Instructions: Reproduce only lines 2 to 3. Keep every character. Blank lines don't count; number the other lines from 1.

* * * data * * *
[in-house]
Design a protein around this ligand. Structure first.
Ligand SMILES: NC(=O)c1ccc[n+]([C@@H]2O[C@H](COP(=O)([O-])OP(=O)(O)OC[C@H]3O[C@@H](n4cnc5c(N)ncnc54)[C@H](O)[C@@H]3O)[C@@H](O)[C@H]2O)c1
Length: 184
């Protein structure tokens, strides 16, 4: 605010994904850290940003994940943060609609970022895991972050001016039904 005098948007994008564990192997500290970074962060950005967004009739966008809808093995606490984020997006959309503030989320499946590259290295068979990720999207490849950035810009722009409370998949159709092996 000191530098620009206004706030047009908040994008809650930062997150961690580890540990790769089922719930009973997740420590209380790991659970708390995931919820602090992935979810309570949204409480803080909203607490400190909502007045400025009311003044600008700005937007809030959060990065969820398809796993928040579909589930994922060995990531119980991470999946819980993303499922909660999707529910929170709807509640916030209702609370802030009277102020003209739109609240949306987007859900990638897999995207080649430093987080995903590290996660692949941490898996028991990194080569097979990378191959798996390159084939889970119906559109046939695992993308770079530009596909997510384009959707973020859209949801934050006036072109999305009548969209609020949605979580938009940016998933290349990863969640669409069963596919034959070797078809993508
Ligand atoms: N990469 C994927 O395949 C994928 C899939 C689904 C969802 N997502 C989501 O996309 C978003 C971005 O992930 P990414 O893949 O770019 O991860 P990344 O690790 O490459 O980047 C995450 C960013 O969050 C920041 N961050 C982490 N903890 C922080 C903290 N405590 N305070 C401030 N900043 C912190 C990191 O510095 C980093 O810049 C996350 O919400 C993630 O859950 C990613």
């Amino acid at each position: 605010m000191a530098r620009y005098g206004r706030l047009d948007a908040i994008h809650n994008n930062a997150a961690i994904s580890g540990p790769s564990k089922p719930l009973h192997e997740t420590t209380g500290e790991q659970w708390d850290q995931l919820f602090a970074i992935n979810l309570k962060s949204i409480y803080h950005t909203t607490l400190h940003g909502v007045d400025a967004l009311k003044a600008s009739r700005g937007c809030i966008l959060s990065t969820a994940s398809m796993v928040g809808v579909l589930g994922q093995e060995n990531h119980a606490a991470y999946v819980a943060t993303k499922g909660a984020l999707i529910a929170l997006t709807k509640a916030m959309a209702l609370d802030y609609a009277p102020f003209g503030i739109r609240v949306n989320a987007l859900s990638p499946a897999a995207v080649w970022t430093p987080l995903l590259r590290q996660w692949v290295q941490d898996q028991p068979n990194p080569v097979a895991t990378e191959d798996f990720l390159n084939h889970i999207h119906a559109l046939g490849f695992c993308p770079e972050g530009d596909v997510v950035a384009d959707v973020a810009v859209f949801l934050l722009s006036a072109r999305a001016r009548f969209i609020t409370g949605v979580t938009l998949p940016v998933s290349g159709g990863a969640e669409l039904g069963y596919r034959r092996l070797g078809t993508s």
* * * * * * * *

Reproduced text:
Design a protein around this ligand. Structure first.
Ligand SMILES: NC(=O)c1ccc[n+]([C@@H]2O[C@H](COP(=O)([O-])OP(=O)(O)OC[C@H]3O[C@@H](n4cnc5c(N)ncnc54)[C@H](O)[C@@H]3O)[C@@H](O)[C@H]2O)c1